Meet Katherine Gilbert, the first woman to be named full professor at Duke University. Wenjin Liu and Wayne Norman have been researching the history of our department, and their discoveries include Gilbert, who began teaching philosophy at Duke in 1930 and went on to found the Department of Aesthetics, Art, and Music. More of Wenjin's and Wayne's discoveries will follow.
Dylan Brown is first author on a paper that was just accepted for publication at Ethics and Information Technology. In "Digital Temperance: Adapting an Ancient Virtue for a Technological Age," Dylan and his colleagues reexamine historical accounts of the virtue of temperance, and they repurpose the virtue to address emerging concerns about digital technology overuse.
Alex Rosenberg traveled to NY to be interviewed for the next season of the long running series “Closer to Truth." The subject was the philosophy of biology, on which the next season’s programs will focus, with interviews of all the usual suspects. Alex also gave a talk on “Whether there are successful arguments in philosophy” at the Rutgers University Philosophy Department's conference in honor of the 80th birthday of (Duke department member) Peter Van Inwagen.
Felipe De Brigard was awarded the Early Career Award by the Psychonomics Society 63rd Annual Meeting in Boston.
Yuan Dong, Botian Liu, Elaine Chen, Sally Huang, and Emily Kluge have formed a Chinese Philosophy Journal Research Group. They have had several sessions so far, and if anyone else is interested, they can contact the group members. Everyone is expected to contribute approximately once per month, giving a half-hour presentation on their research into the recent developments and trends in Chinese philosophy. Previous knowledge of Chinese philosophy is not required, only an enthusiastic attitude and willingness to engage in cooperative exploration. In the new year, they will begin a group study of classical Chinese with the aid of a qualified tutor. If you wish to join them in working through selections from early texts, some familiarity with modern or classical Chinese will be beneficial, but all are welcome.
MAD Lab took a fun road trip to Cornell for MPRG, where Walter met with alumna Qiu Lin! Also, some new publications this month:
Ben Sarbey was interviewed on the definition of death for the Vox Unexplainable podcast. The episode gives an overview of the history of definitions of death and discusses recent work by Sarbey and Nita Farahany on legal criteria for death in the U.S.
Michael Veldman will present his paper, "Seeing Du Châtelet’s Methodology by the Light of the Dissertation on Fire," at the Paderborn Workshop on Du Châtelet and Kant (Feb 9-10). He will also present his paper, "What kinds of causes are forces?: Euler’s line of separation between metaphysics and mechanics," at &HPS9 (the ninth conference for Integrated History and Philosophy of Science, March 16-18).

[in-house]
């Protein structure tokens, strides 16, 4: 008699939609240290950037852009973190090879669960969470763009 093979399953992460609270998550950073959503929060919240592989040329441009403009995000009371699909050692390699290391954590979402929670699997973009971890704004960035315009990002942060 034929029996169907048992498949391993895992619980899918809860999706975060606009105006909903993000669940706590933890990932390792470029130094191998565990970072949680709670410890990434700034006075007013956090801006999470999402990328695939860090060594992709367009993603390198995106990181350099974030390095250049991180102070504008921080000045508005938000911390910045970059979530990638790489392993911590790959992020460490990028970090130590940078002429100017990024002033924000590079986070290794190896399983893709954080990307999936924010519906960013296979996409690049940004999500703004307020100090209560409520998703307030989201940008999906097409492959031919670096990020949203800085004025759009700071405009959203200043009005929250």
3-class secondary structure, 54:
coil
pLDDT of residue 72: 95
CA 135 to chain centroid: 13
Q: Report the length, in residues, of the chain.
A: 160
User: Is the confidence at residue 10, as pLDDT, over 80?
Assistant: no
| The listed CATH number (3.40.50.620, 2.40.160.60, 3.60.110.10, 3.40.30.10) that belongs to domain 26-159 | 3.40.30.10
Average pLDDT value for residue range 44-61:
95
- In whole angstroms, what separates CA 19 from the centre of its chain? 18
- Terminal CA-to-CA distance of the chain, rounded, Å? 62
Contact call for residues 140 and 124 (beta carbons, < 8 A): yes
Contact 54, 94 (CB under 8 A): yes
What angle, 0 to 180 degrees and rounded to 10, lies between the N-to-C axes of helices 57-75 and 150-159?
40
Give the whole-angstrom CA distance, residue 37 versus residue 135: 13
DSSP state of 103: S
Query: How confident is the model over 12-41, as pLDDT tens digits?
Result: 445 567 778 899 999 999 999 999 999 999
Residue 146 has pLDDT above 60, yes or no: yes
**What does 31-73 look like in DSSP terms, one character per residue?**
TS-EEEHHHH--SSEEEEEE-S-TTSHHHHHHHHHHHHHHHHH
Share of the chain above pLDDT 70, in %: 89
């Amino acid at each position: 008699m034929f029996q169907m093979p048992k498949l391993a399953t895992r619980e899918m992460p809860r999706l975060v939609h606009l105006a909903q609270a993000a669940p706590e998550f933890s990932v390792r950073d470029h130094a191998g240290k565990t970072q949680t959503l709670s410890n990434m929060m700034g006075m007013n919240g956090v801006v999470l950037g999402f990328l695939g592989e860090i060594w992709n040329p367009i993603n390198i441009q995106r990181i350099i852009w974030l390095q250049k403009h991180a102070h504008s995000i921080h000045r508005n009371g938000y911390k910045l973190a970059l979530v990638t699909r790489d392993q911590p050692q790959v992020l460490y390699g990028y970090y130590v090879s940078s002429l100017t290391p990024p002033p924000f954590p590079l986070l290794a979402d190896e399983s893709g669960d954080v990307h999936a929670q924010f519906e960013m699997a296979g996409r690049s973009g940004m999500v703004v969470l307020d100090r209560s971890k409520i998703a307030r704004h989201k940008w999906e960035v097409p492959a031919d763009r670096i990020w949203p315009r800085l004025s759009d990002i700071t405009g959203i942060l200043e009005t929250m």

Caleb Hazelwood will also present his paper, "Newton's Solution to the Problem of Bodies," at &HPS9 (the ninth conference for Integrated History and Philosophy of Science).
Ásta will be the Bodaken lecturer at Colorado State University from November 30th to December 3rd.
Duke Philosophy had a strong showing at this year's meeting of the Philosophy of Science Association. The session on Du Châtelet organized by alumna Qiu Lin (including Andrew Janiak and Katherine Brading) won the Women's Caucus Prize. Michael Veldman, Caleb Hazelwood and Jenn Jhun also gave talks, and they ran into former Duke PhD student Grant Ramsey.
The Philosophy of Physics Society has launched a new journal (aptly named Philosophy of Physics). David Wallace is Editor-in-Chief, and Hans Halvorson and Katherine Brading are the Associate Editors. Philosophy of Physics is an open access journal publishing the best work in all areas of the philosophy of physics. It aims to be a flagship journal for the field and to span the various different axes of philosophy of physics: metaphysical, historical, mathematical, practice-oriented, and more. Publication of accepted articles is free and authors retain copyright under a Creative Commons license.
Philosophers in the wild: watching England play Wales as the USA played Iran in the World Cup. Cheers could be heard echoing from the departmental lounge from time to time.
Caleb asks how he might organize his desk better. As Donald Davidson once wrote: “Surely knives and forks, railroads and mountains, cabbages and kingdoms also need organizing” (On the Very Idea of a Conceptual Scheme, p. 15). So I do not know why Caleb is so fixated on his desk.
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